The camera is turned on using a power button on the back. It takes about six seconds before you can take a photo, which means the only way you'll get a grab shot is if it's switched on a ready for action. When turned on you have the choice of viewing using the LCD or optical finder. The optical finder has no markings and is quite dim to look through. It also has dioptre adjustment which is fiddly to set, but can't easily be knocked off the spot once set up. The LCD is large and very practical. It can be seen easily in brighter conditions and swivels and rotates making it idea for shooting from low down in horizontal or vertical format. Cameras like the Nikon Coolpix and older Agfa designs can only be used easily in horizontal format from waist level.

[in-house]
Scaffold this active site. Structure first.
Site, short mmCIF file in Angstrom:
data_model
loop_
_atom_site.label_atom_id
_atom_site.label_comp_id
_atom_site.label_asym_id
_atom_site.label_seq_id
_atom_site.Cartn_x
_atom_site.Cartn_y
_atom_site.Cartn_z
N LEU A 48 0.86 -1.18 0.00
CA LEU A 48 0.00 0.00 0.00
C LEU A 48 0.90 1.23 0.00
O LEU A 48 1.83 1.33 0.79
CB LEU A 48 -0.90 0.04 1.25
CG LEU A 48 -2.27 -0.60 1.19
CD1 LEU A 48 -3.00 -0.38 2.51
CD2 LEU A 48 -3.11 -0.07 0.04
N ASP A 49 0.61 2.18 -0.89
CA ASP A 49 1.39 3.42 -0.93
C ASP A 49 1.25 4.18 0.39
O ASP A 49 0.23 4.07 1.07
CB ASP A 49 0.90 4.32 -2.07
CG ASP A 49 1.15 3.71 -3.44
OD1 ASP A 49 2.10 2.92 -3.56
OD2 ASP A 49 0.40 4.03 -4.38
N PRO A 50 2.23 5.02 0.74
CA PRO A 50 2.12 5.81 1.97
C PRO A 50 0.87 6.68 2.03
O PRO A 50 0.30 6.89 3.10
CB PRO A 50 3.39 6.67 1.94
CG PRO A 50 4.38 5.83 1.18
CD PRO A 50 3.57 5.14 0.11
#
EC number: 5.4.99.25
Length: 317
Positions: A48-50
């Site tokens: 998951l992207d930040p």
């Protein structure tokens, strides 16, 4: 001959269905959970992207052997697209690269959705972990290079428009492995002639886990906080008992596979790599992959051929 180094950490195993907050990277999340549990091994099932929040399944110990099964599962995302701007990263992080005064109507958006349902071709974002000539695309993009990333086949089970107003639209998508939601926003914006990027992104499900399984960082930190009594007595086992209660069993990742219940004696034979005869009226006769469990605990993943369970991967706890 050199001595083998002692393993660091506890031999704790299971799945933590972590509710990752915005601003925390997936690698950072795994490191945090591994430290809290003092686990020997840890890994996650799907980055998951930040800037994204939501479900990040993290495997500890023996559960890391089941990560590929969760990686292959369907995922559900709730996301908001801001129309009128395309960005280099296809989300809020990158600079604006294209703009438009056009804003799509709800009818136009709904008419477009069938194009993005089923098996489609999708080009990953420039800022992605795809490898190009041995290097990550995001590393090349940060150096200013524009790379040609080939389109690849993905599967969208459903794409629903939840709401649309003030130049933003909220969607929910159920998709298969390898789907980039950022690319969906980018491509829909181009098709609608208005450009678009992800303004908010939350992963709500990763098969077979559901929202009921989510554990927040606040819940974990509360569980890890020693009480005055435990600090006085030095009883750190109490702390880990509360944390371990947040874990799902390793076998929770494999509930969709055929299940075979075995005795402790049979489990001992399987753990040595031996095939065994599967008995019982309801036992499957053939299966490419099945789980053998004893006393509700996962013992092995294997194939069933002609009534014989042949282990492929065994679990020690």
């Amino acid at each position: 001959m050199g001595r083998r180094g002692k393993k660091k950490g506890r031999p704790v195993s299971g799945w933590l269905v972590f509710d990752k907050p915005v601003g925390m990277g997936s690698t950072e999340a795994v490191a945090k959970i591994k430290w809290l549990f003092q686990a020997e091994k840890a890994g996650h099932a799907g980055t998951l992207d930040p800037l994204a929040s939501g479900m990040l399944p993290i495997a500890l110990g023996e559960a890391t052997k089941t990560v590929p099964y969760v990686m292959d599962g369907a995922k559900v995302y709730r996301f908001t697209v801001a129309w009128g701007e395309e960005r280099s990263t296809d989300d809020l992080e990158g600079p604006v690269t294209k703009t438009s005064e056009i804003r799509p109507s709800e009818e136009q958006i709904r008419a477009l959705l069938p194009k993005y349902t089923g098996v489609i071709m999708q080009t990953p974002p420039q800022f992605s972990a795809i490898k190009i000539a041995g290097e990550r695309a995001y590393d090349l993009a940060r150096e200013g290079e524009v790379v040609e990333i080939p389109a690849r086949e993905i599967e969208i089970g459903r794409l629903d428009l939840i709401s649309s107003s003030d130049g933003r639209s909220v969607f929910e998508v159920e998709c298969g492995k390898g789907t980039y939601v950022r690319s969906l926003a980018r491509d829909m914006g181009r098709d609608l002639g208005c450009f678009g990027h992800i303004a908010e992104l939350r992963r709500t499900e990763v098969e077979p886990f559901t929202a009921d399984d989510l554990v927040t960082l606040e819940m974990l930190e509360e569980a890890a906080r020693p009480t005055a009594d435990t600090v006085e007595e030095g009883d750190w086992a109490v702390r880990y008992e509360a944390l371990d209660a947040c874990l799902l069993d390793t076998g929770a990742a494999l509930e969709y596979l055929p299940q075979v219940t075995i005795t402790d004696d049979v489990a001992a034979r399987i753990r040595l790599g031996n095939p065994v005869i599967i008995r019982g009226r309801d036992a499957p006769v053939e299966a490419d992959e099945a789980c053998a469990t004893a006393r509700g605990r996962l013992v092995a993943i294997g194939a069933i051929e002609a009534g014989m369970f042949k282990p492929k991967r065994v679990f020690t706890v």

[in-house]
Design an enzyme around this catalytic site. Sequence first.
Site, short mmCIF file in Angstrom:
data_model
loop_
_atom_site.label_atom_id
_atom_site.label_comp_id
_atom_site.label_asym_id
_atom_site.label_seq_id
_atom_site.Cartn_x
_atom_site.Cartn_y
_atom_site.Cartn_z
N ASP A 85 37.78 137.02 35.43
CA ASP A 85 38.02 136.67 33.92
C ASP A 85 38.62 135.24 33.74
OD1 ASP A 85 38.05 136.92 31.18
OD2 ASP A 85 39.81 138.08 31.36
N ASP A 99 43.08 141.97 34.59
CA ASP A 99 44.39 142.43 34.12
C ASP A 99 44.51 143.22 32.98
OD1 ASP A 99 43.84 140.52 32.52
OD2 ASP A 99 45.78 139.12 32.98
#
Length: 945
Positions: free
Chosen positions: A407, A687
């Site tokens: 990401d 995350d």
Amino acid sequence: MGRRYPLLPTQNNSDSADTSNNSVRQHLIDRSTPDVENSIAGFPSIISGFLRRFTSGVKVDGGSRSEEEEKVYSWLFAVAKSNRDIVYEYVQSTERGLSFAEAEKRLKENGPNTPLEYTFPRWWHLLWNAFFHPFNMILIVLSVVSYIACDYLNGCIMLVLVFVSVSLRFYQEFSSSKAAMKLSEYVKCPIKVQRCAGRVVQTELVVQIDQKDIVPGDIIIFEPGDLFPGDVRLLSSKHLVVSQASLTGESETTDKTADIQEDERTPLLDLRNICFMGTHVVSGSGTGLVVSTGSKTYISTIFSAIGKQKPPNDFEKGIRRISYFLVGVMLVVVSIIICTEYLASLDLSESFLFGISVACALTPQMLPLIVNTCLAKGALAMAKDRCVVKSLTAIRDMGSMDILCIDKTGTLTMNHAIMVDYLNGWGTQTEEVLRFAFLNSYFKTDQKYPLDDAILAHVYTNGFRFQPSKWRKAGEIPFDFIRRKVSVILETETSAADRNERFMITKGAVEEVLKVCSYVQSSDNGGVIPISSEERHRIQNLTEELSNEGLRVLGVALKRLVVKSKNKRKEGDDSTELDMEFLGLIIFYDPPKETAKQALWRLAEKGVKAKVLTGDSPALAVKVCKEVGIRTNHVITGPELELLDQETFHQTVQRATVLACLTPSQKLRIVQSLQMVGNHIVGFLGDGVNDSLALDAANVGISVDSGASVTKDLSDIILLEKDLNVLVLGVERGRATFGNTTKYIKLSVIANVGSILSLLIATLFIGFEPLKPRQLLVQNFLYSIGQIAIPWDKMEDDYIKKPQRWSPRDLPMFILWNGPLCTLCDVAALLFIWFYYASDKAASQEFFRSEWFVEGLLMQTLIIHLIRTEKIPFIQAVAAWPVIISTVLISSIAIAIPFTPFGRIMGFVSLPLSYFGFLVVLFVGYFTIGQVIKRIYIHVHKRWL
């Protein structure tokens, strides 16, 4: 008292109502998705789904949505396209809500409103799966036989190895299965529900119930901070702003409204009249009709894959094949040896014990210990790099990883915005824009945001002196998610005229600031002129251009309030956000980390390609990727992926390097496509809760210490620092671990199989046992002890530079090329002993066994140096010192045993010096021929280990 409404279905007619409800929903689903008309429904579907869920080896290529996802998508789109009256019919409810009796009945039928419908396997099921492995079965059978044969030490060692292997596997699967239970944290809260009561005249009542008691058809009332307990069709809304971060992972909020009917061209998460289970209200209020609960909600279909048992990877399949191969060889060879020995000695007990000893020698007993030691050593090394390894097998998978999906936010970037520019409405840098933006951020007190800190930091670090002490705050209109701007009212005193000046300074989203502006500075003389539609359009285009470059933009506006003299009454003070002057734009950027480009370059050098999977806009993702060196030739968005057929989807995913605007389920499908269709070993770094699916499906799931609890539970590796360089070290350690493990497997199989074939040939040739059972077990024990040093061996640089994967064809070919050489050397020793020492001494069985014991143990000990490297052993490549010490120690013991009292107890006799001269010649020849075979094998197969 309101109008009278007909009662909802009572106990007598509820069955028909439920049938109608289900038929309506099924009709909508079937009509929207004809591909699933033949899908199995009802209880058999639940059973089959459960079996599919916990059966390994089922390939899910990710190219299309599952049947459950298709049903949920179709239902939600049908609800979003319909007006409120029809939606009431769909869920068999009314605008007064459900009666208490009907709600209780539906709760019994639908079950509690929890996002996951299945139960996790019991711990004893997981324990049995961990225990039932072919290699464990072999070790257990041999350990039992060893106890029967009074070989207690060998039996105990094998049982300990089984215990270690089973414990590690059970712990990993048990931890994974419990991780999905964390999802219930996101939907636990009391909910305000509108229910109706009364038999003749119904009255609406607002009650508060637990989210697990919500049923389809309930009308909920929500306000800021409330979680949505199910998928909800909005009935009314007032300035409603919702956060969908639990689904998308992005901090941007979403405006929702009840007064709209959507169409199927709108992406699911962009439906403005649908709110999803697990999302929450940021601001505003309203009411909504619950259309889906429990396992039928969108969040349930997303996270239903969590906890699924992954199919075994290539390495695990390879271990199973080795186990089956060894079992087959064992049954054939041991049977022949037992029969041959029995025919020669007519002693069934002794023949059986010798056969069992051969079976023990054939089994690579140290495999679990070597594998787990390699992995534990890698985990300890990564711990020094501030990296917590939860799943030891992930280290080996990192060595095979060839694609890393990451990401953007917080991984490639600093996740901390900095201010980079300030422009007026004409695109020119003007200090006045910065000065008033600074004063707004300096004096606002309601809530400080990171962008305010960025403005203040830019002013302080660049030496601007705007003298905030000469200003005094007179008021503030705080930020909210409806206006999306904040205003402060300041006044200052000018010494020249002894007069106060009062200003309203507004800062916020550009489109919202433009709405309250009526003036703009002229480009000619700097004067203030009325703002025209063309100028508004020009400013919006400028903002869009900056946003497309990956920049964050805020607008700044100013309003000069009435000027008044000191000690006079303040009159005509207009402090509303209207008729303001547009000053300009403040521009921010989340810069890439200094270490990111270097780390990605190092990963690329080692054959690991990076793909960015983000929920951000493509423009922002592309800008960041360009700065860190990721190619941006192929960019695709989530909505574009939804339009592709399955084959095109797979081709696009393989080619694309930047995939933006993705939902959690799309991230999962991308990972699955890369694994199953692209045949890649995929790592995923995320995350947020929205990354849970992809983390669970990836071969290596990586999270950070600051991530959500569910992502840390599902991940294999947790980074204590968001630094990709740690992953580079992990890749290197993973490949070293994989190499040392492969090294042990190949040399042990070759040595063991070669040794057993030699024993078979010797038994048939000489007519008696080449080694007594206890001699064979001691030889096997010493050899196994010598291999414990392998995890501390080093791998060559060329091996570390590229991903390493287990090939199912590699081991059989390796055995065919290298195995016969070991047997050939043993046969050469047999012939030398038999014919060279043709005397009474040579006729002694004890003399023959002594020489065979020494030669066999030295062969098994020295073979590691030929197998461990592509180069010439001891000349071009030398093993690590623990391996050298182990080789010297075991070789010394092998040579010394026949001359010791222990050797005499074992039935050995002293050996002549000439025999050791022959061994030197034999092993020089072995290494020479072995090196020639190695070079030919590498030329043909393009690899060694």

The monitor can also be locked back into the camera reversed so it's facing outwards making it easier to use the stylus when writing e-mails etc.
Buttons under the fold out LCD are used to set modes and navigate through menus.
When it's opened out a series of buttons are revealed. These are used to set some of the modes and navigate through menus on the LCD. In most cases you use arrows to go up and down the menus and buttons to set and adjust modes.
A smaller LCD panel to the side of the screen shows battery condition, shooting mode and number of pictures remaining.
Below this are four buttons to select self-timer, picture resolution, flash mode and storage place.